Thursday, 22 September 2016

American Nights by Gerrie Ferris Finger

Retireed journalist for The Atlanta-Journal Constitution,Gerrie Ferris Finger won the 2009 St. Martin’s Press/Malice Domestic Best First Traditional Mystery Novel for The End Game. The Last Temptation is the second in the Moriah Dru/Richard Lake series. She lives on the coast of Georgia with her husband and standard poodle, Bogey.




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Saudi Arabian prince, Husam al Saliba hires Dru, a PI specializing in tracing missing children, to find his missing wife, Reeve Cresley and daughter, Shahrazad (Shara).

At a dinner to introduce himself and his story to Dru—and Richard Lake, her lover and an Atlanta police detective—he strikes Dru as charming but unbelievable. He tells of falling in love with Reeve, of turning his back on his possible ascendancy to the power structure in the kingdom for the woman he loves. He also talks of his king’s disapproval of him marrying and siring an infidel. But then he says his family wants him to return, marry his betrothed Aya and get in line to be an heir to kingship. Confused Dru thinks she’s fallen into a fairy tale. After all the prince is known to be a great storyteller and is partial to reciting tales from the Arabian Nights.

The investigation had just begun when Reeve’s parents, Lowell and Donna Cresley, who do not seem disturbed that Reeve is missing with Shara, are killed. That brings the Atlanta police into the case.

A U. S. resident, Prince Husam is a partner in a New York law firm. Reeve is a scientist who works for NASA. The couple spend little time living together. Husam goes off to Paris to see his Saudi princess, Aya, and Reeve is in an affair with Thomas Page. As Dru remarks, nobody in this tale is faithful. Then she finds out all have something too dreadful to hide.


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Keep reading for an excerpt:


Portia Devon folded her hands on her desk. The tilt of her head and her scheming eyes reminded me of our young days when we planned midnight excursions to forbidden clubs. She said, “Your fame has caught the attention of a prominent person.”

“You called me here to tell me that?”

“Also to explain the nature of his attention.”

“And who would this prominent person be?”

“An international figure who wants you to find his daughter.”

So like Portia, judge that she is, to draw out a mystery. Wriggling into the leather chair designed for the discomfort of adversaries to her chambers, I thought, This could mean a free trip, courtesy of the Internal Revenue Service. Atlanta was weighing on my well-being. My fame, as Portia labeled it, came about
because of a horrendous case the city had offered up owing to its drug and gang wars.

I said, “I get that it’s a him who wants to hire me to find his missing girl. Where internationally?”

“Starting here, in this fabulous international city.” Her sarcasm illustrated she meant Atlanta, a city that was trying hard to wipe the slate of its quasi-genteel southern roots. “More precisely, his wife disappeared with their daughter.”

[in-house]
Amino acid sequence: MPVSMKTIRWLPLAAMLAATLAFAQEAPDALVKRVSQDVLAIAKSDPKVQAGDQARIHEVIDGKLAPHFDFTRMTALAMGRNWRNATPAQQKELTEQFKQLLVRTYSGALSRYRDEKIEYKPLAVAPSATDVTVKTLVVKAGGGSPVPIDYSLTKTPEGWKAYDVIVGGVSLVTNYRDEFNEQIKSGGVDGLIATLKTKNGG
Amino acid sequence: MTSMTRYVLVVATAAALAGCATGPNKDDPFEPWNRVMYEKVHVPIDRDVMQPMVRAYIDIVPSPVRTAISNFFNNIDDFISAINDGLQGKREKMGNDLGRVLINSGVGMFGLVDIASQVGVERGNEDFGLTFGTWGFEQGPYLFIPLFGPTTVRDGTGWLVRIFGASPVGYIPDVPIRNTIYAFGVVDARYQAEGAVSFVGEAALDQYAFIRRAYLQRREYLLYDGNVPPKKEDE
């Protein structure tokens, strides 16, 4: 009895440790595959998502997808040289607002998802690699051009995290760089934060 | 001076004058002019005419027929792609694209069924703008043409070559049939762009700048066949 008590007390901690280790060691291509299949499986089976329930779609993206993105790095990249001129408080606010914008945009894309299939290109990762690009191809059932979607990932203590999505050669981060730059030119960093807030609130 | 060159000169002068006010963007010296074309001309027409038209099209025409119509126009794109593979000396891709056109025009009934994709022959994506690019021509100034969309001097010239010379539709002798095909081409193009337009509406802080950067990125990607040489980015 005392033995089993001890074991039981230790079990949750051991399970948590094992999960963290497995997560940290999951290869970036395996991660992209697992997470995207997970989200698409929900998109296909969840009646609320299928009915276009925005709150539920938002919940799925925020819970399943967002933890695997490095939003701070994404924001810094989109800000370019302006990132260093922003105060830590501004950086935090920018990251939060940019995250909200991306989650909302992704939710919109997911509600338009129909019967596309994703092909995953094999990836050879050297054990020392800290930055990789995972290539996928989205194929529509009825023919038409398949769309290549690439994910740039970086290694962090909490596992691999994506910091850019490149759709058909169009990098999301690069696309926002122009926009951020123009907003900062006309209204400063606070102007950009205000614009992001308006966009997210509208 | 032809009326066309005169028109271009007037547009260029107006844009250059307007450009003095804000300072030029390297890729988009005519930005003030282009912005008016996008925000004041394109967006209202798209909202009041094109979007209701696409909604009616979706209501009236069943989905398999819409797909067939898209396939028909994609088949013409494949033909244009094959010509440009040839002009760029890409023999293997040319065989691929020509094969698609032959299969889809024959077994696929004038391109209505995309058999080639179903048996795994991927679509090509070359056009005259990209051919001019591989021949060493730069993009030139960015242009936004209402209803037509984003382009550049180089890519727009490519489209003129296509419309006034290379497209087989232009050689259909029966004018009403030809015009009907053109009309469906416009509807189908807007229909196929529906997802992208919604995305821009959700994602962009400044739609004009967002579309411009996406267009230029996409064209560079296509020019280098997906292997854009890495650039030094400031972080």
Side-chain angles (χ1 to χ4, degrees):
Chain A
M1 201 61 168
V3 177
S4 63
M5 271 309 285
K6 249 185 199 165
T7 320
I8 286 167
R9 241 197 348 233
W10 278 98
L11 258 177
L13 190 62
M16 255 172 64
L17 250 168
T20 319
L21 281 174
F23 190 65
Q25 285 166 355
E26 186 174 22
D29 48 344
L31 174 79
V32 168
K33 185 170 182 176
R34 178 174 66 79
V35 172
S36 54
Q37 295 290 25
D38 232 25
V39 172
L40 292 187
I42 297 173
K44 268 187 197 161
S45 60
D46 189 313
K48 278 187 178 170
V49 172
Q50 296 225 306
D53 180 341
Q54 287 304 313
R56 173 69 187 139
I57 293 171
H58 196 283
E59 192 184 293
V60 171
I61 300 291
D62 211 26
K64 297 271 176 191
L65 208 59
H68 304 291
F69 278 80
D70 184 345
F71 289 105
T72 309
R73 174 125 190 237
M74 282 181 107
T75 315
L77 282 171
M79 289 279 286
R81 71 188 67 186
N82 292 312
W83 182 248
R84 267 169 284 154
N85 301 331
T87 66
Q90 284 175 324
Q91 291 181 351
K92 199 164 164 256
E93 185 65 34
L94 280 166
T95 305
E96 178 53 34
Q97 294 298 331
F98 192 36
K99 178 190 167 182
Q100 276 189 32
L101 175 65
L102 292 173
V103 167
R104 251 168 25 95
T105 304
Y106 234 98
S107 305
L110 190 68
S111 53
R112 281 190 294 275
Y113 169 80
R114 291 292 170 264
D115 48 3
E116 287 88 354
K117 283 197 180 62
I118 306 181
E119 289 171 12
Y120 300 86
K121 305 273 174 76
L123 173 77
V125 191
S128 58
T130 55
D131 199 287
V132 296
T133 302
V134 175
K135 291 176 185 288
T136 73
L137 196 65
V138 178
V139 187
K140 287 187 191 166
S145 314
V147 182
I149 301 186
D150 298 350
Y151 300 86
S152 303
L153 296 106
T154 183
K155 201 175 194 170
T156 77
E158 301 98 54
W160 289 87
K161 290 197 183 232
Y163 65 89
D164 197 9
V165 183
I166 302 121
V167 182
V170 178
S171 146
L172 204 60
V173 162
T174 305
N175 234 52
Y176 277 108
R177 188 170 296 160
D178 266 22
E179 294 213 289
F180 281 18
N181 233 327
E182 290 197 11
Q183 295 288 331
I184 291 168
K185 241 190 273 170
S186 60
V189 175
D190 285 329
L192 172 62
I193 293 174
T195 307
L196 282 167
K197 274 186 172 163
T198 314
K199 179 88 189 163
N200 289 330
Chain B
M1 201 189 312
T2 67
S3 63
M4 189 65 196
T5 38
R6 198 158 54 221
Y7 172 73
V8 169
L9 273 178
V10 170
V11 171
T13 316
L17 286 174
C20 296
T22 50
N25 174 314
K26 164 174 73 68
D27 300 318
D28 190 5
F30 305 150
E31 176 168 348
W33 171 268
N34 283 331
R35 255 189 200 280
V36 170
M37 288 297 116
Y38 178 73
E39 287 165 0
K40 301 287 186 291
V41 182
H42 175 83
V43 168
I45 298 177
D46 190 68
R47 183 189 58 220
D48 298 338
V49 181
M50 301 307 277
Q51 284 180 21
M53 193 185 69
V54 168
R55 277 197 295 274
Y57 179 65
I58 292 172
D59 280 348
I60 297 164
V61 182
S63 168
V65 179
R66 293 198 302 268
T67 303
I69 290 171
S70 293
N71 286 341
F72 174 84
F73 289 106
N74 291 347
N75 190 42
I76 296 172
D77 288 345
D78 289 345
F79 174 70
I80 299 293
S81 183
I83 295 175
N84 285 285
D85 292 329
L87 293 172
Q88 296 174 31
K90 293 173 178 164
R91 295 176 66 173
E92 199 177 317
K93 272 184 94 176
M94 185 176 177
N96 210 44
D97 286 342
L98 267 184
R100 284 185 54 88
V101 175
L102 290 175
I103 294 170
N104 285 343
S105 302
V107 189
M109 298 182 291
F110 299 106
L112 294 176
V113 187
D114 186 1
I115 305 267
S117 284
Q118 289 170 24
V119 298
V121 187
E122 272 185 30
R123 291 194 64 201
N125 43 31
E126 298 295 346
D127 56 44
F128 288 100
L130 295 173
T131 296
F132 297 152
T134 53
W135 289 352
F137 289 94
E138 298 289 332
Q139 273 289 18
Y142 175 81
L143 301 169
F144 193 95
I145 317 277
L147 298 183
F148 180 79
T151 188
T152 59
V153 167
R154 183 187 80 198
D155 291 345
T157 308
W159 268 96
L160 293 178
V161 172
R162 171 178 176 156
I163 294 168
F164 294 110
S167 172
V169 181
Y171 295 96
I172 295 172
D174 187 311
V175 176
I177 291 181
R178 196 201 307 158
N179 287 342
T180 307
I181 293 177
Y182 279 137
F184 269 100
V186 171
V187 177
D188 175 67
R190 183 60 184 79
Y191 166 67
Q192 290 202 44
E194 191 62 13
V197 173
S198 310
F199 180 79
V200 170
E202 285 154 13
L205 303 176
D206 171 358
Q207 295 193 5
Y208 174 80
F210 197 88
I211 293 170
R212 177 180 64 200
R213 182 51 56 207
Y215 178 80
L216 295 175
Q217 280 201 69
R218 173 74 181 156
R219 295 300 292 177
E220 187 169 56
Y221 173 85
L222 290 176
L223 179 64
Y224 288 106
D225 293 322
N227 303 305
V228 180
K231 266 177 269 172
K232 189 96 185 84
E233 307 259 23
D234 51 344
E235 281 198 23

I opened my mouth to ask a pertinent question, but she raised a hand. “I don’t know much more than I’m telling you, but the trace appears to be straightforward, not much danger.”

I thought about other child traces. Danger could be and often was an issue. I said, “You know I don’t do heights and tight places, like jumping out of planes or diving in caves.”

“There is a cultural element.”

“Cultural in what way?”

“Ethnic customs, religious differences.”

“All right, Porsh, out with it—your prominent person by name, and those of the wife and daughter.”

“You are familiar with the Middle East?”

Involuntarily my shoulders drew back. No wars or terrorists, please. “We’ve worked with the state department in getting children back from fathers that . . .” I paused, because up until now I’d worked only with mothers in their quest to get their children returned from countries outside the United States.

“This is not about absconding fathers,” Portia said.

Portia could be so tedious when she wanted to be. “So mama snatches the girl and brings her here? How old?”

“Four.” Portia tapped her expensive ballpoint pen as she spoke the words. “I don’t know where she’s taken the child, but there will be no state department involved.”

“Sounds like a Hague case, in reverse.”

“It is not a Hague.”

I considered her no-argument tone of voice in terms of Hague cases. If someone illegally kidnapped a child from American soil and fled to a partner country, the Hague Abduction Convention kicked in. A Hague application was filed and forwarded to the Foreign Central Authority in that country. That was what I was used to working with; apparently, the reverse of what Portia was presenting to me, but I was not sure how.

2 comments:

  1. Thanks for inviting me to write for your blog. It's been a pleasure. My best to you and your talented authors.

    ReplyDelete
  2. You're welcome! And thanks! :-D Hope you find some new readers.

    ReplyDelete

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